David Cushman

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David Cushman (November 15, 1939 – August 14, 2000) was an American chemist who co-invented captopril, the first of the ACE inhibitors used in the treatment of cardiovascular disease. With Miguel A. Ondetti, he won the 1999 Lasker Award for: "developing an innovative approach to drug design based on protein structure and using it to create the ACE inhibitors, powerful oral agents for the treatment of high blood pressure, heart failure, and diabetic kidney disease."[1]

Biography[edit]

After earning his Ph.D. in 1966 from the University of Illinois, Dr. Cushman joined the Squibb Institute for Medical Research. His and Dr. Ondetti's research began with the Brazilian pit viper, one of the world's deadliest snakes. Something in the venom inhibits angiotensin-converting enzyme (ACE), which helps regulate blood pressure.[2]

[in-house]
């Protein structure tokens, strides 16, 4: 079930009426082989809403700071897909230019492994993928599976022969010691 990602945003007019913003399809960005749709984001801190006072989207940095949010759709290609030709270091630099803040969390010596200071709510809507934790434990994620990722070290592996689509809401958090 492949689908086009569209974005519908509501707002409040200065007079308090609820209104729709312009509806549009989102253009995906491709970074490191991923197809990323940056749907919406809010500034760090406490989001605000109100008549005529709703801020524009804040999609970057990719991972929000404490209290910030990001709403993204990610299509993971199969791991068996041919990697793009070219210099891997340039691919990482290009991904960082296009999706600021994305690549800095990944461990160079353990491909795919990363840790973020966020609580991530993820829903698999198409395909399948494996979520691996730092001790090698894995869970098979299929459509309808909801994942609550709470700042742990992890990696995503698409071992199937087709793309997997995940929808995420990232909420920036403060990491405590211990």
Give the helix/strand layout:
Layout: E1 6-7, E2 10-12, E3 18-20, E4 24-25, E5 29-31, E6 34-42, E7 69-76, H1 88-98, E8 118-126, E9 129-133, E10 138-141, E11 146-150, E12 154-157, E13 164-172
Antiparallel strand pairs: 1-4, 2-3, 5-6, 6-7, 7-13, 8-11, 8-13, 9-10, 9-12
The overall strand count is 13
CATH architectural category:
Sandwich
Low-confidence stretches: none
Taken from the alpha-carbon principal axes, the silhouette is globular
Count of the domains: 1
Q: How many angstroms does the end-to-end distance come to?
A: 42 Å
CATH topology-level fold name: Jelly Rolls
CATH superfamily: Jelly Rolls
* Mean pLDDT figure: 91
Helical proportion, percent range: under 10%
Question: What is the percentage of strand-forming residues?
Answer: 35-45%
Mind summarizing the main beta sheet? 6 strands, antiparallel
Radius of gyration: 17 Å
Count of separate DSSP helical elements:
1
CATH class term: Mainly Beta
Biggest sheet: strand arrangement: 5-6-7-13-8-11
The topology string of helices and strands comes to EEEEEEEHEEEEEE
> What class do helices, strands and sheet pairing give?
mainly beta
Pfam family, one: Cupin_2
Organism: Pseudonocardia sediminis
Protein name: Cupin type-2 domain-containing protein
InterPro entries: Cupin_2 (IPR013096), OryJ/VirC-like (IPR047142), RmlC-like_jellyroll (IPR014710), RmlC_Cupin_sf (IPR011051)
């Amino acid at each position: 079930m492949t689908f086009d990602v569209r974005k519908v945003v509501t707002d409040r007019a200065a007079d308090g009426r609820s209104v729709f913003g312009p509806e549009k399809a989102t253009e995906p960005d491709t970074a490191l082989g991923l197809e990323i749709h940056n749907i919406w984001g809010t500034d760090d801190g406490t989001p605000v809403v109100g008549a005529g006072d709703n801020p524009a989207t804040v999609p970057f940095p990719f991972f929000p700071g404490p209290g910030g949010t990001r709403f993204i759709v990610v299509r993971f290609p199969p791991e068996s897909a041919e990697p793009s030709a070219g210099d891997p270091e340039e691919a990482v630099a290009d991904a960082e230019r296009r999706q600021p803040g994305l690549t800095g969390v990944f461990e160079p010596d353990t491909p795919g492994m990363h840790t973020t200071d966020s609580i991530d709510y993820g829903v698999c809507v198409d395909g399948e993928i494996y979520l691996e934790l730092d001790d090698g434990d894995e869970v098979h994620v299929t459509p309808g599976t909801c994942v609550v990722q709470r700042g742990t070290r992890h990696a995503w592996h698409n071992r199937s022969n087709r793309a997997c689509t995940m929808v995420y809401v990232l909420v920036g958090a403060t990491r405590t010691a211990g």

Dr. Cushman says captopril's significance from a basic research point of view is that it was developed through pure chemical design. He credits Dr. John Vane with suggesting angiotensin converting enzyme as a target for research at The Squibb Institute. As Dr. Ondetti put it in an interview, "Capoten really was the first example of rational drug design based on a hypothetical biological mechanism."

References[edit]

  1. ^ "The Lasker Foundation - 1999 Winners". Lasker Foundation. Archived from the original on 2007-04-26. Retrieved 2007-04-11. 
  2. ^ "Bristol-Myers Squibb Scientists Named `Heroes of Chemistry'; David Cushman & Miguel Ondetti Honored by American Chemical Society". Bristol-Myers Squibb Company. Retrieved 2007-04-11.